“Pushy, little, Napoleon Complex enfant terrible that Bakshi was, there wasn’t anything wrong with him that wasn’t wrong with the rest of us. Crumb thought he was some guy behind a desk using the intercom to tell others what to do. He didn’t realize he had the tender soul of a sensitive artist. It gave Bakshi a bad attitude about us; it gave us a bad attitude about him. We should have taken this man to our hearts and said, ‘Yes, you are a true underground artist. Yes, you are the only one of us who is an animator. Yes, we are alike. Welcome to our parties. Drink our beer. Rip us off. But give us a share.’ “Sure, he ripped Wizards off from Vaughn. But he ripped Wally Wood off just as much.”
Wizards was released in the summer of 1977, two years after Bodē’s death. Bakshi claimed his film might have dominated the box office were it not George Lucas’ little brainchild called Star Wars.
For decades Bakshi was reticent about discussing Bodē’s influence on Wizards until murmurings of a sequel began in 2012, leading Bodē’s son Mark to post to social media, “The day I never thought I would live to see — Ralph Bakshi called and apologized for being so heavily influenced by my father on Wizards!!! And he is sending some stuff of my dad’s he has back to me after 40 years! I told him to throw some signed Wizards cells in with the package and he said, ‘No problem Mark, I’ll get right on it. Well, there ya go, the man has come clean!!”
Today, Bodē’s work pervades like light from a distant galaxy thanks in no small part to his son Mark’s uncanny gift for reflecting the elder’s talents. Only 12-years old when Bodē died, one might argue Mark’s abilities simply a mimetic gift come from a lifetime immersion in his father’s cartoon dream world. Indeed, Mark often recounts how his father kept him preoccupied as a child by paying him a quarter commission for each strip he drew. It goes without saying Mark chose to draw his dad’s stuff, but today when the work of one man is placed beside the other, it’s almost easier to believe the son came to channel the spirit of father.
As a young person Mark was a constant witness to his father’s impact upon West Coast counterculture, but it was not until attending art school in New York that he became aware of far his father’s work had pervaded throughout the world. Street artists had embraced Bodē’s imagery and the celebration was witnessed in alleyways and on subway trains. “The first exposure I had to the graffiti was when I went to the School of Visual Arts in ’81,” Mark recalls. “One day I was just waiting on the platform and a non-stop went by me. As the wind hit me also the imagery on the train hit me and it was like seeing my life flash before my eyes. What is up with my dad? What is going on? That blew my mind. How the fuck did my father touch somebody so much that they’d actually risk their freedom?” From that moment forward, Mark could not help but see his father’s work everywhere.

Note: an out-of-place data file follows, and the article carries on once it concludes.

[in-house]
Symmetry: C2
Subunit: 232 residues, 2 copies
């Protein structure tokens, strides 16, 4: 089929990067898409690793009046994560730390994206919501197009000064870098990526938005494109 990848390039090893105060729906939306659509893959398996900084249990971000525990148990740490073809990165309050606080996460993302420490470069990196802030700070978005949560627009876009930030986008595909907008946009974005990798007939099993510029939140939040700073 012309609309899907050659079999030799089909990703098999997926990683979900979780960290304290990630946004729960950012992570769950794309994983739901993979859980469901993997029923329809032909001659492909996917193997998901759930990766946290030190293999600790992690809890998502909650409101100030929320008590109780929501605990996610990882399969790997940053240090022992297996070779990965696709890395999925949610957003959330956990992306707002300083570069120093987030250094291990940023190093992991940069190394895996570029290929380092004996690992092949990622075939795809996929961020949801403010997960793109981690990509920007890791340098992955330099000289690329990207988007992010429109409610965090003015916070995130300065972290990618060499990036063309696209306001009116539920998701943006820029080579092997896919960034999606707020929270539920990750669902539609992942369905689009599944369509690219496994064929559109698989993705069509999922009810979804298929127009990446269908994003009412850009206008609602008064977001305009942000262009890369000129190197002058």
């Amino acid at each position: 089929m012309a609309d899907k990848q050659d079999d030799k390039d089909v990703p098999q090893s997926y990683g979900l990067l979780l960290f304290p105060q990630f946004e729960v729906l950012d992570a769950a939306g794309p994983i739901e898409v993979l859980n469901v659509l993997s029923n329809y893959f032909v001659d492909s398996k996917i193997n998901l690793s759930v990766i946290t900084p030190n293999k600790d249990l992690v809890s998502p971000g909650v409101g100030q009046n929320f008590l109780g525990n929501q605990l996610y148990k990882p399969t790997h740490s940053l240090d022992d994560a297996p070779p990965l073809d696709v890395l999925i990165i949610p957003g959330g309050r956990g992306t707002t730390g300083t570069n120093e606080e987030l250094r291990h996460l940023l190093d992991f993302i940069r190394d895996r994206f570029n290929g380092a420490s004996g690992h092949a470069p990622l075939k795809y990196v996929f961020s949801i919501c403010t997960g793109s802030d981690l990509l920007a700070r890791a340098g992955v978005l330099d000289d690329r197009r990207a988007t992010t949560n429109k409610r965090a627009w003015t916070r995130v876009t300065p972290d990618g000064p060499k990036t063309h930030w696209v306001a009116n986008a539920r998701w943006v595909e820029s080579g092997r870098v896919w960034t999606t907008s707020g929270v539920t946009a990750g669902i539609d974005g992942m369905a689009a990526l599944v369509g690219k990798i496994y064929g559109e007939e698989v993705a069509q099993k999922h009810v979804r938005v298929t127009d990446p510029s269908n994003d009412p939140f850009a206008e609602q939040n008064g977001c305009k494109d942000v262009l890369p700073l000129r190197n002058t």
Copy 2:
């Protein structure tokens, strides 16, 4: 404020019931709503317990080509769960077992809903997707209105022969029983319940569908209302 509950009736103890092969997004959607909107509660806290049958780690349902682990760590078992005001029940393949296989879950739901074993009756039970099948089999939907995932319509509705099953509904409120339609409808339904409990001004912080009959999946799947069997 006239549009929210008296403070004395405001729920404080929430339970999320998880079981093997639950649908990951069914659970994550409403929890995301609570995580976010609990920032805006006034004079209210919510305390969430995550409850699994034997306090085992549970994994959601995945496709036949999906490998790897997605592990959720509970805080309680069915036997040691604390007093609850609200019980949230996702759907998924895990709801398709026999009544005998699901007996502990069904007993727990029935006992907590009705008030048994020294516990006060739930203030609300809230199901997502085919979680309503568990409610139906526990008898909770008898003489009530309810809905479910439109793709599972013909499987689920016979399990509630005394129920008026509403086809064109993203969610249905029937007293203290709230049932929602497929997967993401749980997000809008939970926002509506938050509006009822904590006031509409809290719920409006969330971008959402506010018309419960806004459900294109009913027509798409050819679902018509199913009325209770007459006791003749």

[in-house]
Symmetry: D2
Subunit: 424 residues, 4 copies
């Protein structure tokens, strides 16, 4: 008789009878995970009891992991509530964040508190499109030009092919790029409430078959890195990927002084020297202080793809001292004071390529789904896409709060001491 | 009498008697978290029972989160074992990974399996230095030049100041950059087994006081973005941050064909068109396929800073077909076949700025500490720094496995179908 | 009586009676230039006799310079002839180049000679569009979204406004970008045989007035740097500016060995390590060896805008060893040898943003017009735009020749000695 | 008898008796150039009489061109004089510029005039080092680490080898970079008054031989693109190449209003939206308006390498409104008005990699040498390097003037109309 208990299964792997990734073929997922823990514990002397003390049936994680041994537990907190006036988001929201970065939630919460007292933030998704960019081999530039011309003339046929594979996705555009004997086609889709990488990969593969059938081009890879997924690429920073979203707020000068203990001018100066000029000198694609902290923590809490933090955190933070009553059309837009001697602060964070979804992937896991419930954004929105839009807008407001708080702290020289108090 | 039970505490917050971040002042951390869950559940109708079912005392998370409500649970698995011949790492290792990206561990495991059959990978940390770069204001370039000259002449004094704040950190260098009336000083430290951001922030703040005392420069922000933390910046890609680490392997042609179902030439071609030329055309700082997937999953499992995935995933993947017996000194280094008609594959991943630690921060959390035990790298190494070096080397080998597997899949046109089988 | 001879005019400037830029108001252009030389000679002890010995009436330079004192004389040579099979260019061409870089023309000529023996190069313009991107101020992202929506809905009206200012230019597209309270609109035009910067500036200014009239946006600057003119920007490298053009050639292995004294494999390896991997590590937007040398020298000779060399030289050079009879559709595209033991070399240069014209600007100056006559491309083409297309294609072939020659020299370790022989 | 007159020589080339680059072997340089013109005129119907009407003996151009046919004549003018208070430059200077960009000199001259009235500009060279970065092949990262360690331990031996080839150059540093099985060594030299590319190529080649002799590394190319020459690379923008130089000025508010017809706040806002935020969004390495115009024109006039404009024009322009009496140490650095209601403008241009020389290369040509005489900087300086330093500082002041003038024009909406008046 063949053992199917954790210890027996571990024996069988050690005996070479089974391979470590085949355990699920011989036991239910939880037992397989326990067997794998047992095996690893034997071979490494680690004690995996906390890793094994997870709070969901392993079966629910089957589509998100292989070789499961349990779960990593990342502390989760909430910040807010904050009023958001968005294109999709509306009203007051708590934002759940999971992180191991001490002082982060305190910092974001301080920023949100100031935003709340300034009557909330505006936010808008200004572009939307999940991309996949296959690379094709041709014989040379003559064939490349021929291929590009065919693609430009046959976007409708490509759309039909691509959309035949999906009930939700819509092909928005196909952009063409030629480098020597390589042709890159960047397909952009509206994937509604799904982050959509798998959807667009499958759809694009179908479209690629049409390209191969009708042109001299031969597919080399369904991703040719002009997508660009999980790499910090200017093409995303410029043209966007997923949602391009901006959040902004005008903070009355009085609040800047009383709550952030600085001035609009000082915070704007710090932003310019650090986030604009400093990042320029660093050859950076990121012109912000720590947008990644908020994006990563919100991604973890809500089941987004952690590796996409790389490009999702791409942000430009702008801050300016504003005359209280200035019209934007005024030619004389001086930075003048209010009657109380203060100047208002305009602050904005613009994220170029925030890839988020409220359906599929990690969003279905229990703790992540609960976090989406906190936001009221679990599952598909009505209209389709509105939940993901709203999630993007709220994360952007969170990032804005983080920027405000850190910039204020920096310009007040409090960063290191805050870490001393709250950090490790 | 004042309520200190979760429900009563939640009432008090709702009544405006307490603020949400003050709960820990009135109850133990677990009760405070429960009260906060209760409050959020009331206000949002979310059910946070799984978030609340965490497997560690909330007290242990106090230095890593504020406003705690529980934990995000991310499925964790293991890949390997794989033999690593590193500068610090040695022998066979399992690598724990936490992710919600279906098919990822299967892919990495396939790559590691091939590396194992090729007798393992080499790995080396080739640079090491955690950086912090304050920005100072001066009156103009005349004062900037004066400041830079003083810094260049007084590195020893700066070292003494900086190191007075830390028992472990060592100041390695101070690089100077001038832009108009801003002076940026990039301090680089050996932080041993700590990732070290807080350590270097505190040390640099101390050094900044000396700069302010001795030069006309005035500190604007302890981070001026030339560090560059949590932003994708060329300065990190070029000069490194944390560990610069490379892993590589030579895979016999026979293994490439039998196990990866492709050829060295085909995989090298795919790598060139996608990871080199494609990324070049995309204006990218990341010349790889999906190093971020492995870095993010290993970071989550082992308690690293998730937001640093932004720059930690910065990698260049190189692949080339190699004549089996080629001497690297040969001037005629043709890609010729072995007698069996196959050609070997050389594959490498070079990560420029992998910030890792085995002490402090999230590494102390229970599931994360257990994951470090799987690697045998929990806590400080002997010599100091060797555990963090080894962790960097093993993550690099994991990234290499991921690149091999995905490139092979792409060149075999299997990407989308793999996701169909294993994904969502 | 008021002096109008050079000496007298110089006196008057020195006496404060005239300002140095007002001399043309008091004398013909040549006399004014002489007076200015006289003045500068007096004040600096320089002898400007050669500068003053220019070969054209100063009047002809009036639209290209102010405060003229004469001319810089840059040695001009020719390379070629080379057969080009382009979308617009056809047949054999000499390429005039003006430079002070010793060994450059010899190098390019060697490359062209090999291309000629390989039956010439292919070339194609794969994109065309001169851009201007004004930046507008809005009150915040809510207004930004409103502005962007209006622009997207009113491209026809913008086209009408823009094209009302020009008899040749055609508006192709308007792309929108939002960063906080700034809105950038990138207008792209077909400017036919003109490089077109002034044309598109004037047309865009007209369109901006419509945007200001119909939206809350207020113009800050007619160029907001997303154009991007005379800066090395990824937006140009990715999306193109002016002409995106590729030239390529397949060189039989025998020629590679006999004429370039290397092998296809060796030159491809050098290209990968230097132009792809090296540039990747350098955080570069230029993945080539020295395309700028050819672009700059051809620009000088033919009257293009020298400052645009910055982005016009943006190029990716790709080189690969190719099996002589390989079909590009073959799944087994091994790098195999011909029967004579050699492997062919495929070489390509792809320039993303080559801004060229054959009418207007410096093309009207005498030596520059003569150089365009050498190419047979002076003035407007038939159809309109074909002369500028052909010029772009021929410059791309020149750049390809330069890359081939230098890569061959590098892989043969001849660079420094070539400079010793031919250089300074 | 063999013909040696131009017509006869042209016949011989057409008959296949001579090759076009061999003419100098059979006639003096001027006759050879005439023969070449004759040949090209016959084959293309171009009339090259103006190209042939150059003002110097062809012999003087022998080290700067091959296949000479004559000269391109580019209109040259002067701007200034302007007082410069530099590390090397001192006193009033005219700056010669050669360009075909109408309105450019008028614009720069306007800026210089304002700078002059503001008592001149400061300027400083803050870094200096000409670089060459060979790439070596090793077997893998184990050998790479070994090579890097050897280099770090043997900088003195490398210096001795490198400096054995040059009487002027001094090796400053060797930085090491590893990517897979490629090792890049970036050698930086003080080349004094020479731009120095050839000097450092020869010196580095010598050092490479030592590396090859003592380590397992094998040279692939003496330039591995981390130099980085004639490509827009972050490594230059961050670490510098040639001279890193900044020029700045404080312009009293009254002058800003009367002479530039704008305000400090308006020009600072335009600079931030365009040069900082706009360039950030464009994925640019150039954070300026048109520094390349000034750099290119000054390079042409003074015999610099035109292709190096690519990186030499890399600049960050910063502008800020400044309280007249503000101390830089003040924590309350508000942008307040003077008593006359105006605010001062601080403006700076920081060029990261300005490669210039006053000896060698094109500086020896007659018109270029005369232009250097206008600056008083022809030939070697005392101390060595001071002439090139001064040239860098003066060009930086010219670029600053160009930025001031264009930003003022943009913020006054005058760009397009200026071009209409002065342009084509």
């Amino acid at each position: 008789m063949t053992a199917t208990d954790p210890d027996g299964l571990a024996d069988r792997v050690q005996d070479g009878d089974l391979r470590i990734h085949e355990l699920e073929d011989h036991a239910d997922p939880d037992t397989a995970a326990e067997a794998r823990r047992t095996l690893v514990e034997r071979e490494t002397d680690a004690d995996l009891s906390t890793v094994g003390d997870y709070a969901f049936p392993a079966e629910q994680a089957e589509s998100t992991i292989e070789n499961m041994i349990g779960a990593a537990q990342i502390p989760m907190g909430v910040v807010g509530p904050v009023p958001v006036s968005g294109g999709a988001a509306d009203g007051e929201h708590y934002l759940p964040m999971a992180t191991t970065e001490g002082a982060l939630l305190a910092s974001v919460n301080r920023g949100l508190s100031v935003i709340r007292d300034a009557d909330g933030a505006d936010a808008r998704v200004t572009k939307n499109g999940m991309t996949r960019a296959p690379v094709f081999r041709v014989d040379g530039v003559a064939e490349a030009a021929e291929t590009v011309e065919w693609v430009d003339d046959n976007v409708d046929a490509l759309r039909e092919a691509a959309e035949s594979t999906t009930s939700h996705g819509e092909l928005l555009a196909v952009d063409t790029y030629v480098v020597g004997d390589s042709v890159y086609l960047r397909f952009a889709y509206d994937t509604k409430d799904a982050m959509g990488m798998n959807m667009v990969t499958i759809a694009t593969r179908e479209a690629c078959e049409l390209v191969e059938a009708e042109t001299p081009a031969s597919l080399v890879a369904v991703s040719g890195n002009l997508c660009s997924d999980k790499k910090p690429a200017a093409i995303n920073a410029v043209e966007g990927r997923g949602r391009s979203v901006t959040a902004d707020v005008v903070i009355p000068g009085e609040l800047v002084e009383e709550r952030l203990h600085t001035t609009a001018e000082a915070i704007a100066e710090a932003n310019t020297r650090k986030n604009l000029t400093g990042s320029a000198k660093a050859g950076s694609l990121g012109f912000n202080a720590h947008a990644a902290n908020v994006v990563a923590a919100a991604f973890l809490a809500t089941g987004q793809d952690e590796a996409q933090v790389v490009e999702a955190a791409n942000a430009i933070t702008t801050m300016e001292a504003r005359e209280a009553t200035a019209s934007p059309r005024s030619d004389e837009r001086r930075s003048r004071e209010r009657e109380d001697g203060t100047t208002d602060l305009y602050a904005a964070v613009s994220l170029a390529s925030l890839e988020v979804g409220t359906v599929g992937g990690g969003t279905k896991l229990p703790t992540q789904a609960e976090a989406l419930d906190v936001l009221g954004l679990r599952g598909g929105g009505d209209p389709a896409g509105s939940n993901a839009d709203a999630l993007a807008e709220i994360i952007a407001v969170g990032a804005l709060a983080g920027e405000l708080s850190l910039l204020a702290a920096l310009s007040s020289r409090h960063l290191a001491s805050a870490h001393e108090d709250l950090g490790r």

In time, Mark came to immaculately grok his father’s style making him the consummate student and custodian of his father’s work. “I think it’s the line, the big, bold Bodē line – the holding line that goes around the outside of the character and then there’s thin lines on the inside,” Mark says. “You might do the whole thing in that thin line and then put that big, bold line around the outside. That’s Bodē. And it translates well to the spray can and so some of the earliest graffiti artists that did the trains in New York picked up on that and ran with it. Then people started imitating without even knowing where the characters came from that they were imitating each other. It just kept going and its rippled across the planet. It’s amazing.”
Bodē spent his entire life wrestling with the ebb and flow of his mental health. Diagnosed as a paranoid schizophrenic in the mid-1960s, he embraced the opportunity to eschew a mundane and colorless reality by adopting a fluid sexual identity and voracious carnal appetite. “I was: auto-sexual, heterosexual, homosexual, trans-sexual, uni-sexual, omni-sexual,” he declared in his comic Cheech Wizard/Schizophrenia (1973). “Problem with me was, I didn’t just want to be any one thing anymore. I wanted to be a whole spectrum of human things: man, woman, child, artist, student, lover, warrior…the price to be me is high, and not done even now but I found my plumbline to soul. We are aligned and flowing smooth wherever our course is to go.”